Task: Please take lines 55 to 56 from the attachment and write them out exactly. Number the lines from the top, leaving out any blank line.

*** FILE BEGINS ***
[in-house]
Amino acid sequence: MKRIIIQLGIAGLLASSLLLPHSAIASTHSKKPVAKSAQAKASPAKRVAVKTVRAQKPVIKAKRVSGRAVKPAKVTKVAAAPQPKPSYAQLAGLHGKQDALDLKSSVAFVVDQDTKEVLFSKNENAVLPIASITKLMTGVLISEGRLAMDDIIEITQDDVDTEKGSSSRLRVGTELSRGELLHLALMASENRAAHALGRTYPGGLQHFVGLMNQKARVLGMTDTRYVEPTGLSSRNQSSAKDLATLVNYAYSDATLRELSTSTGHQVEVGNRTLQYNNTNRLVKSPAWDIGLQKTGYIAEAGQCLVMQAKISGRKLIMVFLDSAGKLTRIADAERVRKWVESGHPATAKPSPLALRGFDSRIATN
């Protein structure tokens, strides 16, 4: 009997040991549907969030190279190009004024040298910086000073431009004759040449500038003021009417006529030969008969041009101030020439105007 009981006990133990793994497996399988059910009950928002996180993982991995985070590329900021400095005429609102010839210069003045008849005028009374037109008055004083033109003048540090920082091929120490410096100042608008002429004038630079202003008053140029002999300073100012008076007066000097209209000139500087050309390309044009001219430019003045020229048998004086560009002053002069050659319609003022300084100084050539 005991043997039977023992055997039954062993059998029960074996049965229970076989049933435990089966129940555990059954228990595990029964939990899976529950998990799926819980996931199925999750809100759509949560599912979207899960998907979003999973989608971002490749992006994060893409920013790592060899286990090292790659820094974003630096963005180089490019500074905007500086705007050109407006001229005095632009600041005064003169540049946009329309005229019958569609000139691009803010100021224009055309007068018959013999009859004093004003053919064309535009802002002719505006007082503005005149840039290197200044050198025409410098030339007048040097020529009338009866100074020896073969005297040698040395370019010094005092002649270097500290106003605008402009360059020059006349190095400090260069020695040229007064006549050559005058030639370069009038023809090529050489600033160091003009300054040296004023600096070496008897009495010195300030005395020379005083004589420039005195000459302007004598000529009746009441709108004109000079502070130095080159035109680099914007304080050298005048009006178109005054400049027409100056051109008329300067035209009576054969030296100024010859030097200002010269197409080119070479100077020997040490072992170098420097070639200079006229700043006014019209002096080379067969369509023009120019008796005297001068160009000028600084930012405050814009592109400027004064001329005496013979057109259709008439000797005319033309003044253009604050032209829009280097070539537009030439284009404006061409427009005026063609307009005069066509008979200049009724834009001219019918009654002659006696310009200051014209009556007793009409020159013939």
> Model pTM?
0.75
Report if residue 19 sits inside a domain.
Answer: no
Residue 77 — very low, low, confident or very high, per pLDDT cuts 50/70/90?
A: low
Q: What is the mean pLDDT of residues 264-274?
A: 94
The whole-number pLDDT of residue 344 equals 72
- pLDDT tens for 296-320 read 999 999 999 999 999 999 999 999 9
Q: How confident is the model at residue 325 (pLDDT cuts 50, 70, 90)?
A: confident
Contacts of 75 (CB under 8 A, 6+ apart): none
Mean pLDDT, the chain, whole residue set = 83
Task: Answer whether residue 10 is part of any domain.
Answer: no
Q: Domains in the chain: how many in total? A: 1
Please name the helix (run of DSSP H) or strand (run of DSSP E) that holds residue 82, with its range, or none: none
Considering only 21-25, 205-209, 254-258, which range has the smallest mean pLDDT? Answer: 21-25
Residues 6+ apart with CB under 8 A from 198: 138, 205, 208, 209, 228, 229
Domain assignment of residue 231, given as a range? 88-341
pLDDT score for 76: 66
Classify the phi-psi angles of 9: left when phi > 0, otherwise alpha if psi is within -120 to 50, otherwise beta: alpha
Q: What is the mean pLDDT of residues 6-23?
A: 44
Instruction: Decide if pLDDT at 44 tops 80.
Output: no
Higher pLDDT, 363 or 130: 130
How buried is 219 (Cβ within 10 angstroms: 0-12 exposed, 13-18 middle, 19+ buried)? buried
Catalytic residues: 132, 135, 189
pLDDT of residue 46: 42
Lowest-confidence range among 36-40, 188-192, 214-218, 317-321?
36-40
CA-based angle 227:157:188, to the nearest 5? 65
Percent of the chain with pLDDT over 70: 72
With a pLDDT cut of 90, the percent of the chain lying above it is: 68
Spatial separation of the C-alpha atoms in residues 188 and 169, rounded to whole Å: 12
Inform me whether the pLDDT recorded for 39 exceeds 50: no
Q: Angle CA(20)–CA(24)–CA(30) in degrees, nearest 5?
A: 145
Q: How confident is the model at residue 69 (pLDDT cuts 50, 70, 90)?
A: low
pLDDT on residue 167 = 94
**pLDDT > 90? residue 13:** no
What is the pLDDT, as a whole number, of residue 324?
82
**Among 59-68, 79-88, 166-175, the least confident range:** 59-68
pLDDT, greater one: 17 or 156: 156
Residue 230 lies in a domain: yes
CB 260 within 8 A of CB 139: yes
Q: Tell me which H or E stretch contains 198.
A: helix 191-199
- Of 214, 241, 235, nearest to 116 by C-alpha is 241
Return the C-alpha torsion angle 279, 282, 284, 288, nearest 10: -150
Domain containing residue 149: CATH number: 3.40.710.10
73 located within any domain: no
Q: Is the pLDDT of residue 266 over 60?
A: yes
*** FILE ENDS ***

A: helix 191-199
- Of 214, 241, 235, nearest to 116 by C-alpha is 241